Based on glowing praise from someone whose taste I trust, I picked up this book and then could hardly put it down. And I'm not a big baseball fan. "The Baseball Codes" is a fascinating exploration of the ethos of baseball as contained in the vague "codes" that are used to enforce respect among players. Turbow does a masterful job of illustrating not only the codes, but also their nuanced exceptions. This is a good companion piece to "The Lords of the Game" which explored the history of the clash ...more
Sep 20, 2011 rated it really liked it  ·  review of another edition
Shelves: non-fiction, baseball
So I've wrapped up another baseball season by finishing another baseball book, one I first picked up out of curiosity, mostly expecting it to be an entertaining look at the game from another angle beyond the rules and the stats. It is that, but rather than being a mere diversion The Baseball Codes has provided an essential stage in my baseball education. Learning about the unwritten rules, their evolution over time, and the history of their practice and their breach, does as much to help underst ...more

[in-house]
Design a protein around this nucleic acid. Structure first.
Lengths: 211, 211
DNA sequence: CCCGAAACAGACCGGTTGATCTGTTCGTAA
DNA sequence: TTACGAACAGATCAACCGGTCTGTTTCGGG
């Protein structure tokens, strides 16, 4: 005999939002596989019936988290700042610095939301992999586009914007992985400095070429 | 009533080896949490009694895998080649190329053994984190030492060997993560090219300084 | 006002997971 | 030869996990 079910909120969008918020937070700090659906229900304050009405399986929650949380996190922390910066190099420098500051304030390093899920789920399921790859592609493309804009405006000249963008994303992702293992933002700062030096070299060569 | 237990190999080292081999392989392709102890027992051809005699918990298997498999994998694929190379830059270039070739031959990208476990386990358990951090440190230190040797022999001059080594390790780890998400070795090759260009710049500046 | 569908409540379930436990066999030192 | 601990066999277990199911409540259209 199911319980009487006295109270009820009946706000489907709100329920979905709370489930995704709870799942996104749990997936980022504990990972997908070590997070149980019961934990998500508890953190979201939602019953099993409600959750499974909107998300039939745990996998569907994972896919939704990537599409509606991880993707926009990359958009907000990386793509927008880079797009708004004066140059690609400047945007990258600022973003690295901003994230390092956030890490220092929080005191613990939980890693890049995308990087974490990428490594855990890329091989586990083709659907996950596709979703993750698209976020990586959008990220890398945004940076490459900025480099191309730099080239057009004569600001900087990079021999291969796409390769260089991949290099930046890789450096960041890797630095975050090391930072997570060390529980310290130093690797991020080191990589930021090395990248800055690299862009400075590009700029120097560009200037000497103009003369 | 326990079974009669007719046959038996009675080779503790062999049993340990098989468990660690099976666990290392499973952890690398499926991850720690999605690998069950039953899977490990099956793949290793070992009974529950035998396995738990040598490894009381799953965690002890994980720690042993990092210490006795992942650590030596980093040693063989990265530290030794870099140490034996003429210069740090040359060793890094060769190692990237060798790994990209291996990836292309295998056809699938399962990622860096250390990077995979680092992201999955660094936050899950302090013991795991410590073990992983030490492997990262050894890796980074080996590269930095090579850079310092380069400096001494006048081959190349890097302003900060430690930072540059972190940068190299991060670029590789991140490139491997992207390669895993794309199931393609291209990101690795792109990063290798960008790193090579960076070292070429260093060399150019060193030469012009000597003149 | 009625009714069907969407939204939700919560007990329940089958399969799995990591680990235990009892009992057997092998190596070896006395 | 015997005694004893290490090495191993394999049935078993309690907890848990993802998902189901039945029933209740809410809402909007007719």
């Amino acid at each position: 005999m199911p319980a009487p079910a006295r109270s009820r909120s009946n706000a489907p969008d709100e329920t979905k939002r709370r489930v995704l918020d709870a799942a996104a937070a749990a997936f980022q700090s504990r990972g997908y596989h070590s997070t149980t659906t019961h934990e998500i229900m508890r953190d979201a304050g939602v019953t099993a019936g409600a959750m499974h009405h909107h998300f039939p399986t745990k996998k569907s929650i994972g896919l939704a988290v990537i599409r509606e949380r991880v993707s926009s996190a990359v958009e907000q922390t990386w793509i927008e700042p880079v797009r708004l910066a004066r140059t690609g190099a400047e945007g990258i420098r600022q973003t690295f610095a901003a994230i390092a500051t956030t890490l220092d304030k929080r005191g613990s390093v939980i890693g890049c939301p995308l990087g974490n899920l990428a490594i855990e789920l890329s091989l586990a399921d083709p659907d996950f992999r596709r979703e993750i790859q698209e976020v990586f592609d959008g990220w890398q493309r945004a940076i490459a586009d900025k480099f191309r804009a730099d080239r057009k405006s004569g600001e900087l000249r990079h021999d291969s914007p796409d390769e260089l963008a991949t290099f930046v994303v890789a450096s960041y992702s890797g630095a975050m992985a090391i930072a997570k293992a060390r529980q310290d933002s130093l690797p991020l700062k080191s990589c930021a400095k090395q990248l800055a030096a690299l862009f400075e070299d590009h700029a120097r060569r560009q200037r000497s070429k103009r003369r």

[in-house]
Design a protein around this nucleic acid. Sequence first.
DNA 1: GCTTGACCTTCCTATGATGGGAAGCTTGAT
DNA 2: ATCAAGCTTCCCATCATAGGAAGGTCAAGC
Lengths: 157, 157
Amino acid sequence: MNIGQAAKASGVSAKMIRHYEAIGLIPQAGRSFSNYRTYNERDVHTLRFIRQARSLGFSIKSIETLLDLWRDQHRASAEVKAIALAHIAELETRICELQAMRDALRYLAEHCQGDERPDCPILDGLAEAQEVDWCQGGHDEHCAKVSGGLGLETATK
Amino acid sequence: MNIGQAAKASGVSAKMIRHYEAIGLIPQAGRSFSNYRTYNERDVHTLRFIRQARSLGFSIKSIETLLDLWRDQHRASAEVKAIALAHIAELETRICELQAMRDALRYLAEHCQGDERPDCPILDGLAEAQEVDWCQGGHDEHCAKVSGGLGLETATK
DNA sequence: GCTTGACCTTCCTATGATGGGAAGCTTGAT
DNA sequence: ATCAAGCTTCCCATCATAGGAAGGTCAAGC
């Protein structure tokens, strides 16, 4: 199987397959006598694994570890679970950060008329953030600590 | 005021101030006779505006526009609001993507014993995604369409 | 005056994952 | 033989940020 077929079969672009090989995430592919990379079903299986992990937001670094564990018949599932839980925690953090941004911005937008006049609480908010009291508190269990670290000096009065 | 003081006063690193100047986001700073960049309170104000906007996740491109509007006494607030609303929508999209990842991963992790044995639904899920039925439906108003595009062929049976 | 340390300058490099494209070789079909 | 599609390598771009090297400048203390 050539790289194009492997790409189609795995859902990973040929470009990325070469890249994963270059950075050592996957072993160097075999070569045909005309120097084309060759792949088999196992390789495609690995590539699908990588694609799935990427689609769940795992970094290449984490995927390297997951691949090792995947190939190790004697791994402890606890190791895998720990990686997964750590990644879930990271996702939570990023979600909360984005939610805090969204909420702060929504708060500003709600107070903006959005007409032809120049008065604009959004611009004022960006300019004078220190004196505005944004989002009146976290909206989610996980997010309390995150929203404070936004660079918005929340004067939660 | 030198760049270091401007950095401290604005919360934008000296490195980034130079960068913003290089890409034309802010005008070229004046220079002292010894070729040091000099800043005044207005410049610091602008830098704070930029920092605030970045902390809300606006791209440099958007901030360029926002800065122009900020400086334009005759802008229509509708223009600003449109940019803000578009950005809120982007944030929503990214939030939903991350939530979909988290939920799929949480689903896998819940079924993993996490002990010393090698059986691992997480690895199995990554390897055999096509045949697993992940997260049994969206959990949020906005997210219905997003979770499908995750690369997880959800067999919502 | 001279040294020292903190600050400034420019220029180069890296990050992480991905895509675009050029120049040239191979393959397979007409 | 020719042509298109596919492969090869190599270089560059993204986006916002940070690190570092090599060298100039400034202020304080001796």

Apr 02, 2013 rated it did not like it
I thought this would be a bit more historical and less anecdotal. I was hoping for background to this "code" and even researching some of the lesser known rules.

It wasn't good the first 3/4 of the book but it got overly sanctimonious when, for whatever reason, the authors go into this righteous indignation of why baseball "isn't as good as it used to be" rhetoric. The author cites several reasons including money and this quote:

"The overall respect for the game has declined. The only thing that
Aug 01, 2012 rated it liked it  ·  review of another edition
Shelves: baseball
Fun stories, but there's a lot of them, and they start to run together after a while. I most liked the practical jokes section for the anecdotes and the sign stealing section for the shear institutionalized cheating it described. Makes you wonder about what home field advantage really means. This is told as the code of the players, from back in history, but it made me wonder whether the baseball owners also were behind some of these "codes". For instance, not piling on runs when ahead provided f ...more
May 11, 2010 rated it really liked it
An entertaining and often insightful glance into baseball's sometimes ambiguous moral universe. While some of the codes--never talking to a pitcher during a no-hitter, what happens in the clubhouse STAYS in the clubhouse--are still firmly in place and rarely disputed, others, like when stealing becomes a matter of rubbing it in or when it's appropriate to give a hitter a "bowtie" with an inside fastball are constantly up for debate. Players from those in the HOF to the many dusted off from the s ...more